NEW YORK, NY.-
Jagged Little Pill, a rock musical fueled by the songs of Alanis Morissette that wrestles with a variety of contemporary social issues, will close on Broadway, becoming the first big show felled, in part, by the resurgent coronavirus pandemic.
The musical stopped performing Saturday, citing a limited number of positive COVID test results. And on Monday night, the producers said it would not reopen.
The causes are multiple: The show, which opened in late 2019, was nominated for 15 Tony Awards, and won two, for best book, by Diablo Cody, and best featured actress, Lauren Patten. But it did not win the prize with the most box office value, best musical, and never fully found its footing before shutting down with the rest of the industry because of the coronavirus pandemic.
It restarted in October, but sales were soft through the fall.
And then came omicron, the variant that has driven coronavirus cases back up, and prompted a raft of cancellations of performances on Broadway and beyond.
The drastic turn of events this week with the rapid spread of the omicron variant has, once again, changed everything, the producers said in a statement. We are dismayed by what appears to be another substantial public health crisis, and, due to the detection of multiple positive COVID-19 cases within the company, need to prioritize the health and safety of the cast, crew and entire team working on Jagged Little Pill.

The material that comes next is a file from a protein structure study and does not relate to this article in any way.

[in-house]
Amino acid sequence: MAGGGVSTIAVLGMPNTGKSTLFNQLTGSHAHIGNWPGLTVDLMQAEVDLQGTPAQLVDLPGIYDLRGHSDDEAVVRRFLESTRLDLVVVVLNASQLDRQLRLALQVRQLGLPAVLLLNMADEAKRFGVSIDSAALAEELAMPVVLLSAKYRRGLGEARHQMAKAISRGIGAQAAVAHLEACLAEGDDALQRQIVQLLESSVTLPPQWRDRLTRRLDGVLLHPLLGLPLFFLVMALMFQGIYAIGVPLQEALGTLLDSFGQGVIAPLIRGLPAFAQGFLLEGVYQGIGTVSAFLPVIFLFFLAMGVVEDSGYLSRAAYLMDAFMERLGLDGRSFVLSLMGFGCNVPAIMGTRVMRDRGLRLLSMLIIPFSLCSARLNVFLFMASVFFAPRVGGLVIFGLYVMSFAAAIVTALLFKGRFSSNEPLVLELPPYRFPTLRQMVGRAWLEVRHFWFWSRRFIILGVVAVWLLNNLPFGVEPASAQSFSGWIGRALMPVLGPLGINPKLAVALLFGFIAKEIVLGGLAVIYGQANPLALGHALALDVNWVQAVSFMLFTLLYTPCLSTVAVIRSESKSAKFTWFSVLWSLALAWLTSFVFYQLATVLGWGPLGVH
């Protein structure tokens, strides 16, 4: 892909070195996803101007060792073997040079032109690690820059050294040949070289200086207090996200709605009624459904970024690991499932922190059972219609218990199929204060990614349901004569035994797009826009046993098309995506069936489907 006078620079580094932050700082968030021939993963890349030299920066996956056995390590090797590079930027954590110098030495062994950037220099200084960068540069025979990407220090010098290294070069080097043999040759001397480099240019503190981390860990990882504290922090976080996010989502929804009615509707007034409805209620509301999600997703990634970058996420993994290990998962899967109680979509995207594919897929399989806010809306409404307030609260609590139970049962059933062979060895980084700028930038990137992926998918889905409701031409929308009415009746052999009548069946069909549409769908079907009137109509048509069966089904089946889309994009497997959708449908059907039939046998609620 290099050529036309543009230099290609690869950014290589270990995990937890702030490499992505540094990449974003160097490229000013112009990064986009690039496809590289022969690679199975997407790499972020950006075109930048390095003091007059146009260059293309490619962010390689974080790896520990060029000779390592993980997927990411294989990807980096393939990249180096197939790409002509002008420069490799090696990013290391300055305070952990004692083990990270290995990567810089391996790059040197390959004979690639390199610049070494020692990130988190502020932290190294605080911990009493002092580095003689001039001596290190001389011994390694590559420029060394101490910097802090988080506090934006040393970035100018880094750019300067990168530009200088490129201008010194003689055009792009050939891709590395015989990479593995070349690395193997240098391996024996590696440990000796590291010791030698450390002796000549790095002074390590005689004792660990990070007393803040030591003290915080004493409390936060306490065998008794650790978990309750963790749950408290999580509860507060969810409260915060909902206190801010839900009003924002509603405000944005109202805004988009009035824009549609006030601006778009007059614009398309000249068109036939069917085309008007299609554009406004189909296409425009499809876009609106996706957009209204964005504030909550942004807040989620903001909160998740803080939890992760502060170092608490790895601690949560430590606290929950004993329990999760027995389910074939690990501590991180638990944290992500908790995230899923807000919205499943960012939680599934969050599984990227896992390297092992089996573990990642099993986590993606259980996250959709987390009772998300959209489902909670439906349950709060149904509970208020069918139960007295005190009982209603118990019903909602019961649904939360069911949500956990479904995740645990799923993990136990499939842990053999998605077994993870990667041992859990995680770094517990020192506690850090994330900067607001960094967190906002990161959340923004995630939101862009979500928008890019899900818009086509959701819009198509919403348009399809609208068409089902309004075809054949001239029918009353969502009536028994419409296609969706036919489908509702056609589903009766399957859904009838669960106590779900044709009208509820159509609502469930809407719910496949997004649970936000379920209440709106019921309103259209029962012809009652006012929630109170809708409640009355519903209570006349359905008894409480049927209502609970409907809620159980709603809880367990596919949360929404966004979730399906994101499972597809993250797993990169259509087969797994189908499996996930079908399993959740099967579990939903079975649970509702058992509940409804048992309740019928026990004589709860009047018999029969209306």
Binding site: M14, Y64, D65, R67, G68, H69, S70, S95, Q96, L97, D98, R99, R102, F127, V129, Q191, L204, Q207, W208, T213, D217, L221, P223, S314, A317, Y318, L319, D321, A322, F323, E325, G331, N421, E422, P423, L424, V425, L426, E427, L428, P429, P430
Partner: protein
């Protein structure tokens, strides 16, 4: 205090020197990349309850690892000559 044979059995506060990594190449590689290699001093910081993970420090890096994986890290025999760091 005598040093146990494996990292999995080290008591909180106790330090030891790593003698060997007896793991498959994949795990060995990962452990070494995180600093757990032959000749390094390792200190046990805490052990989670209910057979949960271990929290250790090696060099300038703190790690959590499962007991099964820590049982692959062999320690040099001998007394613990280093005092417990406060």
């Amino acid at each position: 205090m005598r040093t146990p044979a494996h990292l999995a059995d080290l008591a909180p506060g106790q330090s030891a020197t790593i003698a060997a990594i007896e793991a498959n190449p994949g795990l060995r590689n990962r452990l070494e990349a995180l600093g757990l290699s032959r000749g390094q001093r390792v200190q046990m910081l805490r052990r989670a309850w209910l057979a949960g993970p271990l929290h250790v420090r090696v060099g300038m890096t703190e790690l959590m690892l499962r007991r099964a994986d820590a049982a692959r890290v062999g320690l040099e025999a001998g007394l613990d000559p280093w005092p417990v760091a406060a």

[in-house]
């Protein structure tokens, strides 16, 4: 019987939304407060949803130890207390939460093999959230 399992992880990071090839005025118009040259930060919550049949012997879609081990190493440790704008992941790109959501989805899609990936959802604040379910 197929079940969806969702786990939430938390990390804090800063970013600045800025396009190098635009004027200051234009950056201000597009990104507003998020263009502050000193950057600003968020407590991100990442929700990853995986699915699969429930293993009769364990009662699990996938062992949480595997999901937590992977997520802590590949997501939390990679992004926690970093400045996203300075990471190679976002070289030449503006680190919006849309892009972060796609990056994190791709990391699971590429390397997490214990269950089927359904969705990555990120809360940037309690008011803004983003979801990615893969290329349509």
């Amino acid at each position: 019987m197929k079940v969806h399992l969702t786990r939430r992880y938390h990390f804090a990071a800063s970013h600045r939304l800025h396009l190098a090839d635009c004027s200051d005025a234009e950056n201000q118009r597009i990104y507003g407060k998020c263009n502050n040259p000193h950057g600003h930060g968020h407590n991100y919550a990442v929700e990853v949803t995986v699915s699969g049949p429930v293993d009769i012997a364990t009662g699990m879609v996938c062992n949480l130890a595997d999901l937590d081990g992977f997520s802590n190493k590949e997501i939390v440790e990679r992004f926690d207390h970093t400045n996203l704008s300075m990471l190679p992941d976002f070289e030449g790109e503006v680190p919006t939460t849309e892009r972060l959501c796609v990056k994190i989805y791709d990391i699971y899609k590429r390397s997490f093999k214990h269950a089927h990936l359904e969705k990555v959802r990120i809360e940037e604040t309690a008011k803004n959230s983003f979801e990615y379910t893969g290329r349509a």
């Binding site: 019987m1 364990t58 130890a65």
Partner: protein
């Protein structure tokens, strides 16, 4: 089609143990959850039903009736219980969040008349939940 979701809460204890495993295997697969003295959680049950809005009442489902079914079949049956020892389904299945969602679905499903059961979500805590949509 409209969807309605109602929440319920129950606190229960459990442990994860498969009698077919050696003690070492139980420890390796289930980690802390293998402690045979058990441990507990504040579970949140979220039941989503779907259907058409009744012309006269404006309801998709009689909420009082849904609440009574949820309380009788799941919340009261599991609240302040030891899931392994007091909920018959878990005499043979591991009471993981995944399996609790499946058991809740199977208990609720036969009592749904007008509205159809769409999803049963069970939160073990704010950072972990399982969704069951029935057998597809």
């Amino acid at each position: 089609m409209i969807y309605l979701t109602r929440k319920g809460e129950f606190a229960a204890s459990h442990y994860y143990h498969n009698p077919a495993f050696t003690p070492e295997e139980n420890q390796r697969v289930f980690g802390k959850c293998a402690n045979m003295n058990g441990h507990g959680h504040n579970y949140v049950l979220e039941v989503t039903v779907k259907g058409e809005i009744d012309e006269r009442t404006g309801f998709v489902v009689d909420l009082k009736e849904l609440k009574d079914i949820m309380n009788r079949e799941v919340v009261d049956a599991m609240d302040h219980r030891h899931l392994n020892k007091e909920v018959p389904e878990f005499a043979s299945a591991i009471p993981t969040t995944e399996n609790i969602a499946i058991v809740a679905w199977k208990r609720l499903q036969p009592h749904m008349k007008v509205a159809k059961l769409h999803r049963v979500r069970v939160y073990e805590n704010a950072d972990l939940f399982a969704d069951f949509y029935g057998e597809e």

They added, In light of the extreme uncertainty ahead of us this winter, and forced to choose between continuing performances and protecting our company, weve made the difficult decision to close our doors.
The show arrived on Broadway with a strong tailwind, given the enormous popularity of the album from which the musical takes its name, and the success of a pre-Broadway production at the American Repertory Theater in Cambridge, Massachusetts. On Broadway, it received some strong reviews, including from The New York Times, in which critic Jesse Green called it clear in its priorities, rich in character, sincere without syrup, rousing and real.
The show, with a progressive worldview, shed light on issues including sexual assault, transracial adoption and opioid addiction, and came in for some criticism along the way for what some saw as a shifting depiction of the gender identity of Pattens character. And then a former cast member accused the show of mishandling medical concerns.
The show also modeled a form of parent-friendly casting that is rare on Broadway: Upon returning from the pandemic, the show agreed to allow its lead actress, Elizabeth Stanley, to share her role with another actress, Heidi Blickenstaff, so that Stanley, who had just given birth to her first child, could work part time.
Jagged Little Pill is produced by Vivek J. Tiwary, Arvind Ethan David, and Eva Price. It was capitalized for up to $14 million, and has not yet recouped that investment. The show also received $10 million from the federal government as a Shuttered Venue Operators Grant.
The show has a touring production running in Australia, and the producers said they expect to announce plans for other productions as well. The show also has a cast album that won this years Grammy Award for best musical theater album, and its story, about a family in suburban Connecticut grappling with a variety of issues, is being adapted into a novel.
This article originally appeared in The New York Times